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Arkansas Continues to See Slow Rollout of its Medical Marijuana Program

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It has been about four years since voters in Arkansas legalized medical marijuana, and just over half of the state-approved dispensaries are open for business. It took some time for things to get to the point of approving dispensaries in the first place, with licenses finally being issued in January 2019. Since then, it seems it has been one issue after another that keeps preventing these businesses from opening for sales – in particular, the strict building requirements.

“This building met all of the requirements, and the most important thing which helped speed up the process was that it was already standing. So we just made renovations to it,” said Holley Stuart, general manager of Greenlight Dispensary.

Some dispensaries have had to start from scratch. Others, like Greenlight Dispensary – which was the first to open their doors to patients – only needed to make renovations to an existing structure. Since Greenlight opened their doors, a little over half (17 of 32) of the other approved dispensaries have opened. The most recent of those is Harvest House Cannabis and Natural Relief Dispensary.

“Literally every square foot of that dispensary will be under surveillance,” said Scott Hardin with the Arkansas Medical Marijuana Commission. “Every facility has a vault. They’re making sure that everything works and they’re checking once, twice, three, four times.”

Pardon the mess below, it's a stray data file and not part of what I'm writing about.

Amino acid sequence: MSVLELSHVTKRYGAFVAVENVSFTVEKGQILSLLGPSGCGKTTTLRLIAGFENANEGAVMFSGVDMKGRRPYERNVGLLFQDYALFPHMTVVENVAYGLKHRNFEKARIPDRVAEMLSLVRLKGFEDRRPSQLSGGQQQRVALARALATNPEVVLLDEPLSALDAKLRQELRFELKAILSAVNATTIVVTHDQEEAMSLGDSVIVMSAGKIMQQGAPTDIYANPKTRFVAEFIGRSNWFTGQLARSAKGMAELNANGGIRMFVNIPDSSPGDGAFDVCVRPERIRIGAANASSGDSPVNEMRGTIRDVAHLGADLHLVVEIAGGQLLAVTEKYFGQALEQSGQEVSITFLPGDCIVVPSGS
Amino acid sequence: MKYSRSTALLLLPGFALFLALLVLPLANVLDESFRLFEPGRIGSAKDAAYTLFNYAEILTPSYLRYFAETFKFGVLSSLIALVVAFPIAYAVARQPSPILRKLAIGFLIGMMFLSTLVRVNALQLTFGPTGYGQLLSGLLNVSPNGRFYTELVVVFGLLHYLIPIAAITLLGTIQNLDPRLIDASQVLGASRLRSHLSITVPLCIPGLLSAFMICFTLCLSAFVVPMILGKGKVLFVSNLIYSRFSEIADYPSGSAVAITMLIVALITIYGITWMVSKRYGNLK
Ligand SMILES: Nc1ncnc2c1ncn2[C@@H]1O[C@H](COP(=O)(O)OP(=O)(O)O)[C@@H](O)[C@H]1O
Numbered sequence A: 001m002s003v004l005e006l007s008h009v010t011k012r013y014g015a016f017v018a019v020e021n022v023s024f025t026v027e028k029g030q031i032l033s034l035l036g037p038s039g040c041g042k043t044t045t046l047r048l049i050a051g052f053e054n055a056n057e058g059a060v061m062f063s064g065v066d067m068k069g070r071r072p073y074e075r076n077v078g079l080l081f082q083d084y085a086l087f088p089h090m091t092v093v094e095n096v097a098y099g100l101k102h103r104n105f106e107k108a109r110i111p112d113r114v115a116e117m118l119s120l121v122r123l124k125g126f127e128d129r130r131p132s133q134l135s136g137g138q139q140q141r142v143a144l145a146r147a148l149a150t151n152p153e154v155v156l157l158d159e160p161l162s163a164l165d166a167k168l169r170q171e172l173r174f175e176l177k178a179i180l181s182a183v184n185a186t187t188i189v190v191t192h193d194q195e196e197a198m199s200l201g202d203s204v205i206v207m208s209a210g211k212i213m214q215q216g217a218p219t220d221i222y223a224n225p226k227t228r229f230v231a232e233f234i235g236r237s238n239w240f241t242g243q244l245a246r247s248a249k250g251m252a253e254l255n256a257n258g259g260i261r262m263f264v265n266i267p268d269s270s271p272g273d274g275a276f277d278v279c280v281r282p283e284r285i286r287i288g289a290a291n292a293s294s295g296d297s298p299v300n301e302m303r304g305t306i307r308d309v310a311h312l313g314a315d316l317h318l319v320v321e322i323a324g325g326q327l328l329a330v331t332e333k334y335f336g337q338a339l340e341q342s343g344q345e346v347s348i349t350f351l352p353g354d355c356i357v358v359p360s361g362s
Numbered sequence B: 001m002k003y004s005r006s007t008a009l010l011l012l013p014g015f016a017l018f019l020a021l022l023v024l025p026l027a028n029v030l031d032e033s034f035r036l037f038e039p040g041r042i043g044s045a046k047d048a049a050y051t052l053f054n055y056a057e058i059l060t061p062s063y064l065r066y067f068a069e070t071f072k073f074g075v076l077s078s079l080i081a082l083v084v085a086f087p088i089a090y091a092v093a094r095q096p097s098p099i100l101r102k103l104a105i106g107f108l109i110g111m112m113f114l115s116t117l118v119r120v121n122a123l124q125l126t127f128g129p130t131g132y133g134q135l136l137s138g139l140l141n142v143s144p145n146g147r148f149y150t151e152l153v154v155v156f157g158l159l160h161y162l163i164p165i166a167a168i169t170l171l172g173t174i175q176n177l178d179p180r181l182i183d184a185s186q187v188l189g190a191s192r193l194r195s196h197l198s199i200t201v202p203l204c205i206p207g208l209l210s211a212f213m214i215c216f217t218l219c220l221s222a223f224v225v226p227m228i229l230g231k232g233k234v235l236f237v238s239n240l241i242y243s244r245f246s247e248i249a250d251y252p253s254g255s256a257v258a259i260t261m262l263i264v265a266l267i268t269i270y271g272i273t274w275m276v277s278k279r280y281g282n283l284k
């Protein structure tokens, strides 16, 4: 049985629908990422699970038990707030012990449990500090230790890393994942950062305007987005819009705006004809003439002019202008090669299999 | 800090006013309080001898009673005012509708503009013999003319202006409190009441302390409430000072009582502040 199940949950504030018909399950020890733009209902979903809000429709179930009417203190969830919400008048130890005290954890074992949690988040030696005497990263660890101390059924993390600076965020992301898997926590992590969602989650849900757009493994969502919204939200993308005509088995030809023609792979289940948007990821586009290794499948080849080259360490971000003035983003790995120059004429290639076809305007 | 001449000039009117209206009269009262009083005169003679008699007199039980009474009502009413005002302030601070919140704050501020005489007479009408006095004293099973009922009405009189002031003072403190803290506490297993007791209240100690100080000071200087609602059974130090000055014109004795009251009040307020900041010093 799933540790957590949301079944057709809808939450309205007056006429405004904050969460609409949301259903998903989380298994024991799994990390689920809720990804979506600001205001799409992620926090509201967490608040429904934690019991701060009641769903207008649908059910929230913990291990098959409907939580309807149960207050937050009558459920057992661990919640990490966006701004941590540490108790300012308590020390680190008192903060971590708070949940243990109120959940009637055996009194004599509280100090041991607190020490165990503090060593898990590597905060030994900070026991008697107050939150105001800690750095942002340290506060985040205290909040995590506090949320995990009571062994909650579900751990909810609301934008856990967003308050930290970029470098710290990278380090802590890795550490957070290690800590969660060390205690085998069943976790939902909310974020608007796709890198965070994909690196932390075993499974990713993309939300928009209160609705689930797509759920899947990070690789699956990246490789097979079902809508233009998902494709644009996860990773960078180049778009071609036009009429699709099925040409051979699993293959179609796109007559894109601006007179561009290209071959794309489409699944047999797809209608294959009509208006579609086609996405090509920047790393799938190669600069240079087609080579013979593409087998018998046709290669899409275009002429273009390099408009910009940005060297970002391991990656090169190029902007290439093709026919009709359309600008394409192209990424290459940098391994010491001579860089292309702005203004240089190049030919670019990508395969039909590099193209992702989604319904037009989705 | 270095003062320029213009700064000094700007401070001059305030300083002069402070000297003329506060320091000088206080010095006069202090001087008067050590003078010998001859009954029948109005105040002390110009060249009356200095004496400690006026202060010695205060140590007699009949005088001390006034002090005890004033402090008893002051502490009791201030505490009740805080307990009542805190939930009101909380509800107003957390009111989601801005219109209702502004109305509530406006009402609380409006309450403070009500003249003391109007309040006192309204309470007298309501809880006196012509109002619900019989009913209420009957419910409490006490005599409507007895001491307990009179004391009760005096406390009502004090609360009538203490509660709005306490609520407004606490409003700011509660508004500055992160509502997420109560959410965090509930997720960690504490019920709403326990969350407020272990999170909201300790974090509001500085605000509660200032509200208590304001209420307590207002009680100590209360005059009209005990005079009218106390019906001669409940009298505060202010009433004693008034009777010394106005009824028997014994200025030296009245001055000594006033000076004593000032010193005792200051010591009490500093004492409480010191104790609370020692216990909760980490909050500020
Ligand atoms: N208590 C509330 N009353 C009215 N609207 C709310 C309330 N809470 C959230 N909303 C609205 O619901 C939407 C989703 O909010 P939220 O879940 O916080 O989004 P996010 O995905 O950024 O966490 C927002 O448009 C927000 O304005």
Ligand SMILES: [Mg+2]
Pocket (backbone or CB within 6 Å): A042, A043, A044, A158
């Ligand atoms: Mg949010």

Even with only 15 dispensaries open until recently, the state has already sold almost 6,000 pounds of medical marijuana and have brought in a total of $38.09 million since May, according to the Department of Finance and Administration. This is just the beginning for Arkansas, which has approved 32 out of the 33 licenses they plan to issue, with the constitutional amendment passed by voters allowing for up to a maximum of 40 shops throughout the state. 

Most of the remaining businesses say they should be open for business by the middle of 2020. But, these same businesses also said they would be ready to open before the end of 2019. The Medical Marijuana Commission continues to get excuses for shops not being prepared to begin sales to patients – and are now saying that poor progress now might impact a business’ likelihood of having their license reinstated in June when they expire. 

It seems as though even state officials are beginning to become frustrated on behalf of the nearly 40,000 patients that are looking for more variety and more convenient dispensary locations. Perhaps the potential threat of not having a license renewed is something that will force the remaining 15 approved dispensaries to do what needs to be done to open their doors and start serving patients. 

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